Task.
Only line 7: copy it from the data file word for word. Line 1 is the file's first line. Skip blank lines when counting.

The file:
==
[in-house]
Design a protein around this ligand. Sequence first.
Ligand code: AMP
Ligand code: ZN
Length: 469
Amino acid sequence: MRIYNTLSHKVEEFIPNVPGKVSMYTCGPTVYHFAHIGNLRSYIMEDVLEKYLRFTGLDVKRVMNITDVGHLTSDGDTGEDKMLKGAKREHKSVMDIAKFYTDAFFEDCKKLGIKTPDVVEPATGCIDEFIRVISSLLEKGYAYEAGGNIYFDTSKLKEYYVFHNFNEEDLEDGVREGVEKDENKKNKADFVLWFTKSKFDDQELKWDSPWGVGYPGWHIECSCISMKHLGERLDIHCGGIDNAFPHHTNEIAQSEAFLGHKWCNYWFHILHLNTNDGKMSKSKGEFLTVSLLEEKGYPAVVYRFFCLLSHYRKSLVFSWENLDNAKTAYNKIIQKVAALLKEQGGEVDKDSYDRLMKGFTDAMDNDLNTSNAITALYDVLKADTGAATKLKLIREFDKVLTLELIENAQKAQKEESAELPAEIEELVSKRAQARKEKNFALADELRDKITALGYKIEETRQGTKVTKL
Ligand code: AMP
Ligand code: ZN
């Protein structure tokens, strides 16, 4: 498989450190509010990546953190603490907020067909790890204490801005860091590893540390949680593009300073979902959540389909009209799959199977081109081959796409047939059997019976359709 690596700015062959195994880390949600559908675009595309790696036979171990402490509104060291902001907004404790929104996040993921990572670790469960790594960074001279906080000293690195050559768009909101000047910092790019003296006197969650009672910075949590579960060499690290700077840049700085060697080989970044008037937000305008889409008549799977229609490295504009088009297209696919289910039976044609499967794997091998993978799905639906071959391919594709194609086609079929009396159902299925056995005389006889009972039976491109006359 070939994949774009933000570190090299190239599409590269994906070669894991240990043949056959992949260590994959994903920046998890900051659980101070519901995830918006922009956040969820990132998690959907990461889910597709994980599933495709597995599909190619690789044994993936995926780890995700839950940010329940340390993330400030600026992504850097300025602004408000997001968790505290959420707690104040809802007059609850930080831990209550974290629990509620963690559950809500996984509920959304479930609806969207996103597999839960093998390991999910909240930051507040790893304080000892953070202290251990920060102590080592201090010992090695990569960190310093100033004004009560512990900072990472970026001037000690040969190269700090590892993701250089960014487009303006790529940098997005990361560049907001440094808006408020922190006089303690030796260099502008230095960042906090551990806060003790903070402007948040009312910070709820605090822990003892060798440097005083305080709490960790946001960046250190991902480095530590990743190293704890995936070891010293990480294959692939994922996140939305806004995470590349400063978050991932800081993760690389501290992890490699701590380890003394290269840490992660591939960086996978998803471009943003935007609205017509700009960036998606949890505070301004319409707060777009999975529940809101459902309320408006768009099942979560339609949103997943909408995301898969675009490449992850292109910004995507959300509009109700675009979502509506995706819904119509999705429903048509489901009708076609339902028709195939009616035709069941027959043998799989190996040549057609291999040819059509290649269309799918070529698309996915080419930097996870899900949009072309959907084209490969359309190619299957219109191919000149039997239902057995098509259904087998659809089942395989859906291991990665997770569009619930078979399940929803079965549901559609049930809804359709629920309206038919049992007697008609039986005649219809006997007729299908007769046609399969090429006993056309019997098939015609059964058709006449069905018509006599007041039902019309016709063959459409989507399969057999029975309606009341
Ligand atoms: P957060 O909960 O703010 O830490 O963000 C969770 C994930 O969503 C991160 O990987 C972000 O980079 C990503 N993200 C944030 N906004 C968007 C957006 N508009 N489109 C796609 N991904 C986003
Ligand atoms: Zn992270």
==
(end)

Ligand code: AMP